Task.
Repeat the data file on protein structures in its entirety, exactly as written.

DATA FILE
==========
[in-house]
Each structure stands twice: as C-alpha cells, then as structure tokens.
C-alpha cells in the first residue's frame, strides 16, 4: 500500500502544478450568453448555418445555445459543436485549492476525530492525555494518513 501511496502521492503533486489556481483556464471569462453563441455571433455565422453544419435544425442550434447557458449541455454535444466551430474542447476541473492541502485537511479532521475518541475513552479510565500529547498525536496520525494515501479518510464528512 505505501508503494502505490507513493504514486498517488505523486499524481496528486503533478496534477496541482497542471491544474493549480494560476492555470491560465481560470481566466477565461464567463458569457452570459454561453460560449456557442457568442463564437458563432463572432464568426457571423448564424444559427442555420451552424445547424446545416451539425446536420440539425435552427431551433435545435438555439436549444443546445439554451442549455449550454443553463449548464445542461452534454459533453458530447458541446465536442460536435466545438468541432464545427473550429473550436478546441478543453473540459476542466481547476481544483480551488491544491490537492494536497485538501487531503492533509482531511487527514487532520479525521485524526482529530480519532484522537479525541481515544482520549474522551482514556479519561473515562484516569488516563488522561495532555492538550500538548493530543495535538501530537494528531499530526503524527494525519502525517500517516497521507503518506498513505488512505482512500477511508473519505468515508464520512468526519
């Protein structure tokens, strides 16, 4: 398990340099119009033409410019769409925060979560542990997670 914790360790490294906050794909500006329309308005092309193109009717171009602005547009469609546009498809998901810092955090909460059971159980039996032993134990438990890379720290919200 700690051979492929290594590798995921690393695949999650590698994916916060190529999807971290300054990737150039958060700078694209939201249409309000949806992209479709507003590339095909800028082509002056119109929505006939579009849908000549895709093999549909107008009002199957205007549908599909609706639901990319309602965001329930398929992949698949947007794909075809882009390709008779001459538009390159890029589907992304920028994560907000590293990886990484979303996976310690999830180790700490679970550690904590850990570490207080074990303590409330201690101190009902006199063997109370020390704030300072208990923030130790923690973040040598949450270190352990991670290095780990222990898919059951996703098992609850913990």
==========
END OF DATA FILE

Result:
[in-house]
Each structure stands twice: as C-alpha cells, then as structure tokens.
C-alpha cells in the first residue's frame, strides 16, 4: 500500500502544478450568453448555418445555445459543436485549492476525530492525555494518513 501511496502521492503533486489556481483556464471569462453563441455571433455565422453544419435544425442550434447557458449541455454535444466551430474542447476541473492541502485537511479532521475518541475513552479510565500529547498525536496520525494515501479518510464528512 505505501508503494502505490507513493504514486498517488505523486499524481496528486503533478496534477496541482497542471491544474493549480494560476492555470491560465481560470481566466477565461464567463458569457452570459454561453460560449456557442457568442463564437458563432463572432464568426457571423448564424444559427442555420451552424445547424446545416451539425446536420440539425435552427431551433435545435438555439436549444443546445439554451442549455449550454443553463449548464445542461452534454459533453458530447458541446465536442460536435466545438468541432464545427473550429473550436478546441478543453473540459476542466481547476481544483480551488491544491490537492494536497485538501487531503492533509482531511487527514487532520479525521485524526482529530480519532484522537479525541481515544482520549474522551482514556479519561473515562484516569488516563488522561495532555492538550500538548493530543495535538501530537494528531499530526503524527494525519502525517500517516497521507503518506498513505488512505482512500477511508473519505468515508464520512468526519
């Protein structure tokens, strides 16, 4: 398990340099119009033409410019769409925060979560542990997670 914790360790490294906050794909500006329309308005092309193109009717171009602005547009469609546009498809998901810092955090909460059971159980039996032993134990438990890379720290919200 700690051979492929290594590798995921690393695949999650590698994916916060190529999807971290300054990737150039958060700078694209939201249409309000949806992209479709507003590339095909800028082509002056119109929505006939579009849908000549895709093999549909107008009002199957205007549908599909609706639901990319309602965001329930398929992949698949947007794909075809882009390709008779001459538009390159890029589907992304920028994560907000590293990886990484979303996976310690999830180790700490679970550690904590850990570490207080074990303590409330201690101190009902006199063997109370020390704030300072208990923030130790923690973040040598949450270190352990991670290095780990222990898919059951996703098992609850913990």